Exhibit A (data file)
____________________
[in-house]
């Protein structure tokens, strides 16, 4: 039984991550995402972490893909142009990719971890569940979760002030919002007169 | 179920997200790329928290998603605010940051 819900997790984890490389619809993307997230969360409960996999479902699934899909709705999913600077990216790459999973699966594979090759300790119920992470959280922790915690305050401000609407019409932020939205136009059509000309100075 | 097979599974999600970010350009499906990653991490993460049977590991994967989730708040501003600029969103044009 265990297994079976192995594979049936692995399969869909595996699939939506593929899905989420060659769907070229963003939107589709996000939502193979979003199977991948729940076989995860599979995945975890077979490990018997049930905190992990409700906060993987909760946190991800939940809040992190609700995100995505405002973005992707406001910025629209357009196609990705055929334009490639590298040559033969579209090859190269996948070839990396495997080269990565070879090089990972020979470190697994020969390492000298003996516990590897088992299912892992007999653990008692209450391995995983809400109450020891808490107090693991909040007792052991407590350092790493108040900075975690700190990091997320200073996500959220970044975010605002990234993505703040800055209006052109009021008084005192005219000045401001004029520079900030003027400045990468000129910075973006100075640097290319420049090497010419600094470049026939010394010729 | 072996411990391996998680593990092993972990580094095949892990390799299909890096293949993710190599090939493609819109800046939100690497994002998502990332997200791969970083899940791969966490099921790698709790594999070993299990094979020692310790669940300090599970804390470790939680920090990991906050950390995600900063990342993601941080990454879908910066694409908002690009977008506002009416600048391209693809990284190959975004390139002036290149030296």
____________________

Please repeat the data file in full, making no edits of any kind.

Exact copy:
[in-house]
């Protein structure tokens, strides 16, 4: 039984991550995402972490893909142009990719971890569940979760002030919002007169 | 179920997200790329928290998603605010940051 819900997790984890490389619809993307997230969360409960996999479902699934899909709705999913600077990216790459999973699966594979090759300790119920992470959280922790915690305050401000609407019409932020939205136009059509000309100075 | 097979599974999600970010350009499906990653991490993460049977590991994967989730708040501003600029969103044009 265990297994079976192995594979049936692995399969869909595996699939939506593929899905989420060659769907070229963003939107589709996000939502193979979003199977991948729940076989995860599979995945975890077979490990018997049930905190992990409700906060993987909760946190991800939940809040992190609700995100995505405002973005992707406001910025629209357009196609990705055929334009490639590298040559033969579209090859190269996948070839990396495997080269990565070879090089990972020979470190697994020969390492000298003996516990590897088992299912892992007999653990008692209450391995995983809400109450020891808490107090693991909040007792052991407590350092790493108040900075975690700190990091997320200073996500959220970044975010605002990234993505703040800055209006052109009021008084005192005219000045401001004029520079900030003027400045990468000129910075973006100075640097290319420049090497010419600094470049026939010394010729 | 072996411990391996998680593990092993972990580094095949892990390799299909890096293949993710190599090939493609819109800046939100690497994002998502990332997200791969970083899940791969966490099921790698709790594999070993299990094979020692310790669940300090599970804390470790939680920090990991906050950390995600900063990342993601941080990454879908910066694409908002690009977008506002009416600048391209693809990284190959975004390139002036290149030296």